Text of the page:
Rick Rescorla was a soldier, not a musician. But he knew the power of music and he put it to work when it mattered most.
He was born in Cornwall in 1939. Some of his earliest memories were of Cornish songs, but American culture was also in the air as American troops stationed in England prepared for the invasion of German-occupied Europe.
As he grew up, Rescorla was less than a model student, mediocre in literature, undistinguished in music.
He was supposed to have a music lesson each week, a bout with a recorder still damp from use in the previous class, but an errant note from a fellow student led an angry teacher to confiscate the instruments.
Rescorla auditioned for the school choir and failed.
At seventeen he joined the British Army and served with distinction before moving to New York and enlisting in the US Army, which sent him to Vietnam in 1965, where his bravery led the men in his platoon to nickname him “Hard Corps.” One night near Plei Me in the Central Highlands, as they anticipated an enemy attack, he calmed his men with his baritone renditions of “Wild Colonial Boy” and “Going up Camborne Hill.”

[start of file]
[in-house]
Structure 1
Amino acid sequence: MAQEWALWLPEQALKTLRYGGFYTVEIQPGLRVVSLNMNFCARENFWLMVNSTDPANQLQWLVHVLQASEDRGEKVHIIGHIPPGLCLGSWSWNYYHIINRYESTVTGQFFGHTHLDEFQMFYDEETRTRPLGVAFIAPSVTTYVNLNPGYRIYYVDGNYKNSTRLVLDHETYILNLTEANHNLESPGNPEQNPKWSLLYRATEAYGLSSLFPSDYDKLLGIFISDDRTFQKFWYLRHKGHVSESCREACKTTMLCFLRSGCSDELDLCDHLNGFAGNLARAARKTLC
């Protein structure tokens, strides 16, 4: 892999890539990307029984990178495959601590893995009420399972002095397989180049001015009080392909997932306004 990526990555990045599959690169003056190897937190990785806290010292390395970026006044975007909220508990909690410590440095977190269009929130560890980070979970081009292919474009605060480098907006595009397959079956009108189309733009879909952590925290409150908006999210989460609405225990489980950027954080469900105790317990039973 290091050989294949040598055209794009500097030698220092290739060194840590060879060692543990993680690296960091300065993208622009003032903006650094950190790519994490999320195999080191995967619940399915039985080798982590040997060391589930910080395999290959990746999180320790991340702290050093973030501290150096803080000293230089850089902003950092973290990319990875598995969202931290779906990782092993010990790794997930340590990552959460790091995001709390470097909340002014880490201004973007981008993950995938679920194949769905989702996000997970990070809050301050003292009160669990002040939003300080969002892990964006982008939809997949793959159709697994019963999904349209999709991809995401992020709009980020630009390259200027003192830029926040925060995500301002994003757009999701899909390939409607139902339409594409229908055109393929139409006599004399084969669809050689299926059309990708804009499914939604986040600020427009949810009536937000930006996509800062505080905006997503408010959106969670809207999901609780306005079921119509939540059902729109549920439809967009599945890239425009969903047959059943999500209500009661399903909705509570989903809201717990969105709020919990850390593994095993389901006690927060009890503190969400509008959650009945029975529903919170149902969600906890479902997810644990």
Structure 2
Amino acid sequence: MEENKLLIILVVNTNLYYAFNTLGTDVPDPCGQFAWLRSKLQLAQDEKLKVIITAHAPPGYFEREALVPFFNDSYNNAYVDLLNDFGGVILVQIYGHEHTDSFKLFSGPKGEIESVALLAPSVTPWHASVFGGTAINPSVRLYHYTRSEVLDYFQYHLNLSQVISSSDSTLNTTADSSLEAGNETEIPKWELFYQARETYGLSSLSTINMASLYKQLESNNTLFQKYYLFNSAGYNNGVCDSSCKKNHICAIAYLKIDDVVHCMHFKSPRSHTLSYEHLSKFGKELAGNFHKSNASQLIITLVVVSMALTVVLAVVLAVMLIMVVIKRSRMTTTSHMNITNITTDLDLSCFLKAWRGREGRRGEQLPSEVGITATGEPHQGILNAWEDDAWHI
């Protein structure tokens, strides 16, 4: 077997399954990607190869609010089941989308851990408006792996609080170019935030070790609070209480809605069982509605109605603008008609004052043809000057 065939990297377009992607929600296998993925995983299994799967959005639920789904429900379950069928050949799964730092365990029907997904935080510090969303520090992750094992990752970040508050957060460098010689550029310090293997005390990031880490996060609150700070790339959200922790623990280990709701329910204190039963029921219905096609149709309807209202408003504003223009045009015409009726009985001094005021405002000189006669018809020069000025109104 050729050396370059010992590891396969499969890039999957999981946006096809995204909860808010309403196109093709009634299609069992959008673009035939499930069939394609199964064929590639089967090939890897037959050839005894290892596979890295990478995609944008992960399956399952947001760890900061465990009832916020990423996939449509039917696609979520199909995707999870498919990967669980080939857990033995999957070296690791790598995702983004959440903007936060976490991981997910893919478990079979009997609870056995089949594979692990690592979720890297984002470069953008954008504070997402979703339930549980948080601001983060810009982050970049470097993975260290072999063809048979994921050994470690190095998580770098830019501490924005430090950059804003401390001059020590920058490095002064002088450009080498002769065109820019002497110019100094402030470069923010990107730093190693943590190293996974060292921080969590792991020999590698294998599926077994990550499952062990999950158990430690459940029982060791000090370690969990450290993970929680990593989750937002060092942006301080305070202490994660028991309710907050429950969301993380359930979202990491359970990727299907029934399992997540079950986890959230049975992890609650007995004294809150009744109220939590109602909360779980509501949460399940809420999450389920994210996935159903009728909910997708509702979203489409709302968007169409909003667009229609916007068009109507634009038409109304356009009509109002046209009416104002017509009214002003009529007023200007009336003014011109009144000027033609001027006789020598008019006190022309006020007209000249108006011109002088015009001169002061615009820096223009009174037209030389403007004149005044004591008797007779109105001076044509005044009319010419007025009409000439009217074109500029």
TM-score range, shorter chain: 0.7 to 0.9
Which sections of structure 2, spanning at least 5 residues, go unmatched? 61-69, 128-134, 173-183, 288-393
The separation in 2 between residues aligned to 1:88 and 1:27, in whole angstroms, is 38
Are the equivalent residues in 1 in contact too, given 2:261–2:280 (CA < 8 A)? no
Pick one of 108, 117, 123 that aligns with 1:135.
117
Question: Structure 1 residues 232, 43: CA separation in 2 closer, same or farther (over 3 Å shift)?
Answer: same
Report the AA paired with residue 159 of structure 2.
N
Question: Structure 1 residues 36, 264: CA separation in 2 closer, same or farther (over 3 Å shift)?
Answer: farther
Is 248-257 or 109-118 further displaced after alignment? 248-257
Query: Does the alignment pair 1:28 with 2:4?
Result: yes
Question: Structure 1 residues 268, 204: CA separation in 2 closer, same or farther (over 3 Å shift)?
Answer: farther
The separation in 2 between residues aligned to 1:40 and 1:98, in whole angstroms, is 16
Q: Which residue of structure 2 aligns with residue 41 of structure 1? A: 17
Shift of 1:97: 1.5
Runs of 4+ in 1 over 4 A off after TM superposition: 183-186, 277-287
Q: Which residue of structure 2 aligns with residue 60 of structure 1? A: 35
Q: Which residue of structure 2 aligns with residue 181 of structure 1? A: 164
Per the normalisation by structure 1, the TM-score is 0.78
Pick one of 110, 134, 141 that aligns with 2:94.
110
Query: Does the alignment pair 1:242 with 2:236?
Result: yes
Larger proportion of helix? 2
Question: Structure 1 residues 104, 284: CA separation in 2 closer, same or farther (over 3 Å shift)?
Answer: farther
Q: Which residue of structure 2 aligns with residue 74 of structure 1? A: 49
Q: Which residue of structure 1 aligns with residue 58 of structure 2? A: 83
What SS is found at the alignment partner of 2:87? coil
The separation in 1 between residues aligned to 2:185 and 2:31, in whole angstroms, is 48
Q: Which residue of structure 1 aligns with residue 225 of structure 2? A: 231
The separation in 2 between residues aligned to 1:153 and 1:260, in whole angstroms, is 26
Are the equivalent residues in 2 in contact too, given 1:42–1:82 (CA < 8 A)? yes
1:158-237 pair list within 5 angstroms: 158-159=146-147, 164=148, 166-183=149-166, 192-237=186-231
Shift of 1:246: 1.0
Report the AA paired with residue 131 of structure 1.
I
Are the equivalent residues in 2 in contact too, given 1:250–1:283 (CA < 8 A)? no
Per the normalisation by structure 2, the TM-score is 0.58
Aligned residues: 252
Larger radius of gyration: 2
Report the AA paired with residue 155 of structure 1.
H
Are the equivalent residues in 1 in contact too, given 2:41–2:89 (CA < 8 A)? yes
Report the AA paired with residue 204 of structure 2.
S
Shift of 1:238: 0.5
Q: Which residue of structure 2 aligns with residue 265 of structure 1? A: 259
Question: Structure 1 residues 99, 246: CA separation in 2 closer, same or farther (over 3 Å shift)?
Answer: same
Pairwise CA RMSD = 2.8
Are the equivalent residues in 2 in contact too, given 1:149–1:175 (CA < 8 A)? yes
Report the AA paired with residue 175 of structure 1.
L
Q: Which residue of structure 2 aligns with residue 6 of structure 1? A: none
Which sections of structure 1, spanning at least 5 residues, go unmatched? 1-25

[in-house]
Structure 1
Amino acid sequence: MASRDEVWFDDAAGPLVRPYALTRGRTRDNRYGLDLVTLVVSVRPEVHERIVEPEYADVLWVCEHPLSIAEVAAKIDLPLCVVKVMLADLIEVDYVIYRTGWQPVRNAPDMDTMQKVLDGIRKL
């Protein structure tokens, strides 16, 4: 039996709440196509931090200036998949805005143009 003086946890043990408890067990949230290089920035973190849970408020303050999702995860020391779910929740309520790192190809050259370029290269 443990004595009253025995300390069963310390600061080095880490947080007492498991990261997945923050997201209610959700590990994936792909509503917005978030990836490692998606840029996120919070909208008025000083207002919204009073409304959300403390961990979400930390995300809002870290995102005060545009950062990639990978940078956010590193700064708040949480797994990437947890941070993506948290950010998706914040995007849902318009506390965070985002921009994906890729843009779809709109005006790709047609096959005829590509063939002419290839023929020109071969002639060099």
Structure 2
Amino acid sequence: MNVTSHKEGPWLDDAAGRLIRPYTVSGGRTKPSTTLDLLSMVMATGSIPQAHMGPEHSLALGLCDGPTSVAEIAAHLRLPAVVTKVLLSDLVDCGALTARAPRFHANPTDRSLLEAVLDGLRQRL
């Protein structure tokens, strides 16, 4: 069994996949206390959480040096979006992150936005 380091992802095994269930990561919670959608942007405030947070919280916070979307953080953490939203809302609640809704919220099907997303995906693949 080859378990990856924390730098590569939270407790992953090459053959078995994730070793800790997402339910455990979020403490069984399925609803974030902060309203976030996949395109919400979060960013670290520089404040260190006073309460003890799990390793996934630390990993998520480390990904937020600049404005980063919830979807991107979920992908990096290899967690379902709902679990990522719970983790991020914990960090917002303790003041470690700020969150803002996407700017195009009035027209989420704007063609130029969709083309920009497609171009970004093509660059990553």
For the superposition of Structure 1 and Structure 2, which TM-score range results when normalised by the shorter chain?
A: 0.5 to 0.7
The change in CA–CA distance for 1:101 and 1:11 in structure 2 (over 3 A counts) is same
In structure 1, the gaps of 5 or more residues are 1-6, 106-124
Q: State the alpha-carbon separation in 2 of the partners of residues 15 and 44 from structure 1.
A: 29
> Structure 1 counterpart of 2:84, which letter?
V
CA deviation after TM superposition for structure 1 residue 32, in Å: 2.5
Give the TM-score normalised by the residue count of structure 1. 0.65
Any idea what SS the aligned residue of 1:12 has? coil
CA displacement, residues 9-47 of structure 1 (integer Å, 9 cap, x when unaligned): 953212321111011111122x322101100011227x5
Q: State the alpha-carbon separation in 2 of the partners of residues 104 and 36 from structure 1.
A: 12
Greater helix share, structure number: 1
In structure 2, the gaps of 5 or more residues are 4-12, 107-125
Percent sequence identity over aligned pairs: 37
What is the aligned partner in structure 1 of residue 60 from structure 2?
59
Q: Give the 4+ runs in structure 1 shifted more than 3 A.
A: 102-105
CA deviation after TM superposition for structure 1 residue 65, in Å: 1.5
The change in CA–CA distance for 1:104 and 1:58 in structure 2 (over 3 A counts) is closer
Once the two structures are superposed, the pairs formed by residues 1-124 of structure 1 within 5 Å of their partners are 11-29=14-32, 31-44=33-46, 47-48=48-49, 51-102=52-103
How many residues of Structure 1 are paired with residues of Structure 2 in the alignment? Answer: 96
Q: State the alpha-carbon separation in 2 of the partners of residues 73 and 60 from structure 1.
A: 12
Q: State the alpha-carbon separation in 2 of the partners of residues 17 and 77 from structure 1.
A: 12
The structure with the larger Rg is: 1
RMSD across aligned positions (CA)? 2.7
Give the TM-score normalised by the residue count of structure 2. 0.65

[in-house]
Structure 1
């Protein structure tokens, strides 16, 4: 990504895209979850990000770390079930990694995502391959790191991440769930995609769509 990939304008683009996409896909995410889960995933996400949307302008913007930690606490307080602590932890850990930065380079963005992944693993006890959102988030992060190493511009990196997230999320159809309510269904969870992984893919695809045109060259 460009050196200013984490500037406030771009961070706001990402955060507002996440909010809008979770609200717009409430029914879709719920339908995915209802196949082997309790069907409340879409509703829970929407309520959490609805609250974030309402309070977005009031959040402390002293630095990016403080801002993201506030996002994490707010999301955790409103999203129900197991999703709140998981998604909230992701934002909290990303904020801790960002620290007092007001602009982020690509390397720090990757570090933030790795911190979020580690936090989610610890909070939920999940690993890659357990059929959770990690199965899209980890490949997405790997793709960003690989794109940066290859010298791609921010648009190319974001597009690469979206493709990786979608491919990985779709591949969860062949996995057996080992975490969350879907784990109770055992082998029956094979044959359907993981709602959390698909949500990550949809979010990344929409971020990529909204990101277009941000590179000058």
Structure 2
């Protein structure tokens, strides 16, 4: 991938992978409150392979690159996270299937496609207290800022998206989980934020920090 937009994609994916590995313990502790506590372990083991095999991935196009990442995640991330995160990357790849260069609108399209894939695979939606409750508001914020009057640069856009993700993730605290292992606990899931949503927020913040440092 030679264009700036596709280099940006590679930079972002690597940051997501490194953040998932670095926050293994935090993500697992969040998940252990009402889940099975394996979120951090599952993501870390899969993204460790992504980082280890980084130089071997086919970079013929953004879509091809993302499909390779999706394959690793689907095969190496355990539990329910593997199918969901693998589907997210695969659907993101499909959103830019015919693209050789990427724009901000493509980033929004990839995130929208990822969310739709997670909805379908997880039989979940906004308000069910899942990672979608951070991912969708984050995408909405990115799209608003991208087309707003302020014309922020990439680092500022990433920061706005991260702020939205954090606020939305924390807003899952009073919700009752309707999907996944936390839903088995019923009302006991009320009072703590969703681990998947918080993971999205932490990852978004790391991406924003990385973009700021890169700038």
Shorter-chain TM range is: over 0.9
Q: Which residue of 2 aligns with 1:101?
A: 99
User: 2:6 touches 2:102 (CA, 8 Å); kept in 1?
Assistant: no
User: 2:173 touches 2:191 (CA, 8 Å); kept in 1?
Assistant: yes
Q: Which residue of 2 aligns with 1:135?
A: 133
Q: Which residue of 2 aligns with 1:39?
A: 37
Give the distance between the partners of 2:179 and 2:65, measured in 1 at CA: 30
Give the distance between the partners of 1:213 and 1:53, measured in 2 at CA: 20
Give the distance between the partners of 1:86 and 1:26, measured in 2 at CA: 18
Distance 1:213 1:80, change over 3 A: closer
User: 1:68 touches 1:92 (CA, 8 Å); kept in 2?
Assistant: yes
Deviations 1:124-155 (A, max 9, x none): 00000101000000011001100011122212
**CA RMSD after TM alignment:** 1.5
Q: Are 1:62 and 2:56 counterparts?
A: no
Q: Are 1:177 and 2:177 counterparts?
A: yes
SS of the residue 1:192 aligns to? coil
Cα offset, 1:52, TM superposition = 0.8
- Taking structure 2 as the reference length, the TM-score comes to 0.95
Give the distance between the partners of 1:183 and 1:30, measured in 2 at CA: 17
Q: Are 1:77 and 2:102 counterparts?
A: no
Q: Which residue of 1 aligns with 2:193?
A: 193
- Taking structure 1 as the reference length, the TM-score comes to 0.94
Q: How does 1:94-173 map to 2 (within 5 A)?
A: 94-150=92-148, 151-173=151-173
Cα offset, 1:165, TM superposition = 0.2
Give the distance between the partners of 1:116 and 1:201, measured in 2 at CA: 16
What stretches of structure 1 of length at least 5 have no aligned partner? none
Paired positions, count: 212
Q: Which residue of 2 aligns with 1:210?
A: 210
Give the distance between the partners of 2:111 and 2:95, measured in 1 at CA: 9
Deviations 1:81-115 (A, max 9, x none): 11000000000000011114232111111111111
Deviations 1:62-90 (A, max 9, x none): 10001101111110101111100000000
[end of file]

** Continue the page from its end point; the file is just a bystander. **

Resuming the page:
In the thirty-five years to follow, Rescorla returned to the United States, married, raised a family, held a variety of jobs, and survived cancer. He became director of security for Morgan Stanley, headquartered in the World Trade Center.
He insisted that all employees practice emergency evacuation every three months.
On September 11, 2001, when American Airlines Flight 11 struck Tower 1, Rescorla began evacuating 3,700 employees on 20 floors of Tower 2 and WTC 5. Bullhorn in hand, he kept them calm by singing “God Bless America” and the Cornish songs he had learned as a boy.
Of the 3,700 only six perished.
Among them was Rick Rescorla, who was last seen heading up the stairs on the tenth floor of Tower 2.